Ripple effects of COVID hit Washington wheat growers

The impact of coronavirus on agriculture has varied commodity to commodity. For the wheat industry, it has been more subtle and in some cases delayed.

Washington Association of Wheat Growers executive director, Michelle Hennings says that officials are conducting spot checks on some farms to make sure they are following state mandated COVID-19 protocols. Hennings claims the safety steps implemented by the governor’s office took a one size fits all approach for ag in Washington, which does not work.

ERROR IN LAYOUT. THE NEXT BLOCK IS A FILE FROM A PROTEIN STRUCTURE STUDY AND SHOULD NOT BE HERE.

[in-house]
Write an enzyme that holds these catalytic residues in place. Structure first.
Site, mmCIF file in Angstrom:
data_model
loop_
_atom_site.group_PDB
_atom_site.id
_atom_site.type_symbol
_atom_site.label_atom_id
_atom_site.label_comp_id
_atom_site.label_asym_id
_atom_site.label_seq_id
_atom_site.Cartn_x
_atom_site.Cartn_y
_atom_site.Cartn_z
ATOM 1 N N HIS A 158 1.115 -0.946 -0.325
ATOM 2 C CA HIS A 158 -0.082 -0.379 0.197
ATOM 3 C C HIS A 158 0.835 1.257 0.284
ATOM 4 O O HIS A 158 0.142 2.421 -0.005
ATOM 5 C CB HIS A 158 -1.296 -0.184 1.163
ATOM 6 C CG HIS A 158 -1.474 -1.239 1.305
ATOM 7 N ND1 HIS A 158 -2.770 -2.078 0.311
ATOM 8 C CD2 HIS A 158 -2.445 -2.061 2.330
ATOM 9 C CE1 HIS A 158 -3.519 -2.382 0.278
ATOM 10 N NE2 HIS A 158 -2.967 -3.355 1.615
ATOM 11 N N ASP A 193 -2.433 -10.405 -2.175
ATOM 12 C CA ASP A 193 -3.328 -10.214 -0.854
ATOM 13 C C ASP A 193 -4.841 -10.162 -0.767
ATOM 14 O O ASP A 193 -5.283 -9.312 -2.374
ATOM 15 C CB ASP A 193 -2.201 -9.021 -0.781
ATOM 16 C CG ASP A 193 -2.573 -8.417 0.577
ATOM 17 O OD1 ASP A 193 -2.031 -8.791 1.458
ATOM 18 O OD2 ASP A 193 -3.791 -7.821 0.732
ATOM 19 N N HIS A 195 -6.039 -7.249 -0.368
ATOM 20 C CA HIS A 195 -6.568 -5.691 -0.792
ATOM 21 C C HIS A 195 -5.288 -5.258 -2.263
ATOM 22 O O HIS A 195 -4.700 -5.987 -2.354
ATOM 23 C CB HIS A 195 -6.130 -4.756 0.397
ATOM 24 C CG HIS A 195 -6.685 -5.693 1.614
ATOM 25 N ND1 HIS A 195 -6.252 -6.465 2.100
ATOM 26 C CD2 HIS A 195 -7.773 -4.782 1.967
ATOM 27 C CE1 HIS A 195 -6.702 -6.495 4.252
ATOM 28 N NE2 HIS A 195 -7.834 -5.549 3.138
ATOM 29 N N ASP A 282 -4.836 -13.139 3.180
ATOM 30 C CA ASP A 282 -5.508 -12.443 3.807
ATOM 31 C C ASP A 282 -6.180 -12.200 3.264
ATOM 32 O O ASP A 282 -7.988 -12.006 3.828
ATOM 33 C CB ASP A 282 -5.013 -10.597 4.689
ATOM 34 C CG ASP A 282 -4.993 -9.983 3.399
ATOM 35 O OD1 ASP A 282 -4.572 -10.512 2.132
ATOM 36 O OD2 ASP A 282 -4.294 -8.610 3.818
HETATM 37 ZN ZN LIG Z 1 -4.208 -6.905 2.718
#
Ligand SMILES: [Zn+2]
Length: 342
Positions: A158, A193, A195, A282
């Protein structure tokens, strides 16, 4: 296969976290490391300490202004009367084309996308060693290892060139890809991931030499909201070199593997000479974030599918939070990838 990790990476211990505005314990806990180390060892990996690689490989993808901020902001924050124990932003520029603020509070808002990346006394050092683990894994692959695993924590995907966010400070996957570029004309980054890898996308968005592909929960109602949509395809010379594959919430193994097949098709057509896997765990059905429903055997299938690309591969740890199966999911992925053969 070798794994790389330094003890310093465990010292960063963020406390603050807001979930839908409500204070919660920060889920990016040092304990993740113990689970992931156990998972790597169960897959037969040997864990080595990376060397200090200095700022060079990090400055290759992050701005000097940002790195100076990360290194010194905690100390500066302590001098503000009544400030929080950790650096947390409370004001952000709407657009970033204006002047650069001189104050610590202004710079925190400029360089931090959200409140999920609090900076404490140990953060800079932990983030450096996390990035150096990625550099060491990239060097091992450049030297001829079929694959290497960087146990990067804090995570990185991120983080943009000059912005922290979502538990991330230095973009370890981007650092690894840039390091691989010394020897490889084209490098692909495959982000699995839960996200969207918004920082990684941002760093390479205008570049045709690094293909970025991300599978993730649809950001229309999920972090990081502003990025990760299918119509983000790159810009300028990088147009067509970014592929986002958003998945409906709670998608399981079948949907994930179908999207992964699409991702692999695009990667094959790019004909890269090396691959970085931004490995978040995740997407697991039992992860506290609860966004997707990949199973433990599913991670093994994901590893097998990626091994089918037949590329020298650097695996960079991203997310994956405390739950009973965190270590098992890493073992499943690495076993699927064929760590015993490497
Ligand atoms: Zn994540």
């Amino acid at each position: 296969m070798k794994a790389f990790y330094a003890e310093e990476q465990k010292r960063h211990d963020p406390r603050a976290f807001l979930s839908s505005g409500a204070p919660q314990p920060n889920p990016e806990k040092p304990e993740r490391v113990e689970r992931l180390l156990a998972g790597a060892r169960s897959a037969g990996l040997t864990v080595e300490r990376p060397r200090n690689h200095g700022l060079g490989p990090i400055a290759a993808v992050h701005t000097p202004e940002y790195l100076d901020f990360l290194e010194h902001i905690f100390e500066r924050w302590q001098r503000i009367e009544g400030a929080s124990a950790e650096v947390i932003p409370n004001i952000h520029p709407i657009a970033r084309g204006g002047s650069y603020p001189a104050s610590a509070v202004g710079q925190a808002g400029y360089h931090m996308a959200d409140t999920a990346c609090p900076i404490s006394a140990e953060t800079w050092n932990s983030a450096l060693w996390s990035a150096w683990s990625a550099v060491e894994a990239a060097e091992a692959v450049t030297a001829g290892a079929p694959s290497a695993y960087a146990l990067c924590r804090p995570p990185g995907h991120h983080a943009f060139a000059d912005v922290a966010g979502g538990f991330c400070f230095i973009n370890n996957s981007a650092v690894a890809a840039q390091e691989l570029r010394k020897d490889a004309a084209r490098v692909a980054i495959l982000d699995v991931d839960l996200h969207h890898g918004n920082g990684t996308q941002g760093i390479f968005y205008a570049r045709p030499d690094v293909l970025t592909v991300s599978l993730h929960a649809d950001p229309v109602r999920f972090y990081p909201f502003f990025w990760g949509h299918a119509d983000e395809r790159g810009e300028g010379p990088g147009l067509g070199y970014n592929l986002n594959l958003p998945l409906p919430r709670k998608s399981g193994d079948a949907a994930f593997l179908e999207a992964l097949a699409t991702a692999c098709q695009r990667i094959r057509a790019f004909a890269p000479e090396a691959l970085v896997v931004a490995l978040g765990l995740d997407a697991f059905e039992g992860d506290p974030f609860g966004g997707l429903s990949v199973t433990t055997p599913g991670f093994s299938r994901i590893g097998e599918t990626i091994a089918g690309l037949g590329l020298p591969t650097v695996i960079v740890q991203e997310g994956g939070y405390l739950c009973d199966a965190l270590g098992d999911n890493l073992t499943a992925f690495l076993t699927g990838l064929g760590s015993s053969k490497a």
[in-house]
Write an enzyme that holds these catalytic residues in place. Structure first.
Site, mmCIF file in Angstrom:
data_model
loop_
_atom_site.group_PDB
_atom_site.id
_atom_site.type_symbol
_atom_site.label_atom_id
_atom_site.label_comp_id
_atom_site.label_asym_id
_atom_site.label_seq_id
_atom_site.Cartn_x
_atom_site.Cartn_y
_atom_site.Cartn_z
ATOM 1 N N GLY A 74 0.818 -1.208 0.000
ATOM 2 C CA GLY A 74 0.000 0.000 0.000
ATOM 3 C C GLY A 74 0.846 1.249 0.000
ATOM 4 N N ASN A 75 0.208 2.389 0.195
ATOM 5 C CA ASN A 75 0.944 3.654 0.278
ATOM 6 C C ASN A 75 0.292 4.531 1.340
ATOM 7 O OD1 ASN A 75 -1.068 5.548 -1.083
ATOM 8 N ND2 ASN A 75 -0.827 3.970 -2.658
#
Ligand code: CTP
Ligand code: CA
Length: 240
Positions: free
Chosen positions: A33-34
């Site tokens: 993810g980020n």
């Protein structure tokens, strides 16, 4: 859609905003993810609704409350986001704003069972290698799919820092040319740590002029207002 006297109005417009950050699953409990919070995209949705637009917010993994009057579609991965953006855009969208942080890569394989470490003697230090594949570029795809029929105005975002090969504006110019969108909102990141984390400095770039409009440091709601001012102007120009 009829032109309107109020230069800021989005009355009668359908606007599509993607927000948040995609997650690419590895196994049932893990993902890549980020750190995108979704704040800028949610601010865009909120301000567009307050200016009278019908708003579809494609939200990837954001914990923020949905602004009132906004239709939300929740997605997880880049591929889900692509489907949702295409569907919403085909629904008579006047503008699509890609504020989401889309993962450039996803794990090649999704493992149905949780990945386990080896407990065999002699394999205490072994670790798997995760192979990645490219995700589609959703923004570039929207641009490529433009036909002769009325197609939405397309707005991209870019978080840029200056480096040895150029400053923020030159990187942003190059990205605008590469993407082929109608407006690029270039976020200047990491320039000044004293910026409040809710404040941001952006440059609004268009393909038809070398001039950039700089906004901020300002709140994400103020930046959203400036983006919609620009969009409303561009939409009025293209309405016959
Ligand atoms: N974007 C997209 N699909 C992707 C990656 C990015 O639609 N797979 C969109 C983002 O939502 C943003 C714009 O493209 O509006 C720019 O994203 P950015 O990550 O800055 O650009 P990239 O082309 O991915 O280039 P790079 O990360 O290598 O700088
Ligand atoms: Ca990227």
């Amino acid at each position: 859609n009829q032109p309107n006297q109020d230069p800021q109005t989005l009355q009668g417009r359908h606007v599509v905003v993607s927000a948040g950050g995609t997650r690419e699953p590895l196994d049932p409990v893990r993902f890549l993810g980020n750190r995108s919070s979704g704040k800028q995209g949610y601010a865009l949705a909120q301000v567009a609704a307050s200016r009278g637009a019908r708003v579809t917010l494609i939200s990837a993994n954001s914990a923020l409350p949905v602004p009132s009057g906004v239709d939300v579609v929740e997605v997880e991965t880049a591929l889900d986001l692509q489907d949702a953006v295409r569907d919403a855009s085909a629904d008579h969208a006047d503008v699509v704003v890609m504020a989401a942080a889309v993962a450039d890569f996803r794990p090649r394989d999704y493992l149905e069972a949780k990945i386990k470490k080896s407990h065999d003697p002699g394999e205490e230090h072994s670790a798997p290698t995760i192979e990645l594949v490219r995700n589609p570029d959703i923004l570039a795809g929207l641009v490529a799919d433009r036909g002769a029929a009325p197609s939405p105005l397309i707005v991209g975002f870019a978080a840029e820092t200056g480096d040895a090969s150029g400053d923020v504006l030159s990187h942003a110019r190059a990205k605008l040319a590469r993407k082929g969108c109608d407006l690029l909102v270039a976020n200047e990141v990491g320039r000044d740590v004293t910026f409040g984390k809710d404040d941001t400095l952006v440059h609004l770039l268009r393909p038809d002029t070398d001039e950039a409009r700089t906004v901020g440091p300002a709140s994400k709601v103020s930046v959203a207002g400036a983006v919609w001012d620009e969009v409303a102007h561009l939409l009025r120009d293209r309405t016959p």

“We pointed out that drylands wheat farmer are not as labor intensive as irrigated fruit and vegetable farms, and our members typically employ between two and five employees,” Hennings adds. “The wheat farmers generally don’t work next to each other, they have one person in the combine, one person in a tractor and bank out wagon, one person in a semi, and a lot of these are family farms that are within the same household.”

Farms that do not comply with the proclamation are subject to a fine of up to $10,000 dollars.

Outside factors affecting Washington’s wheat.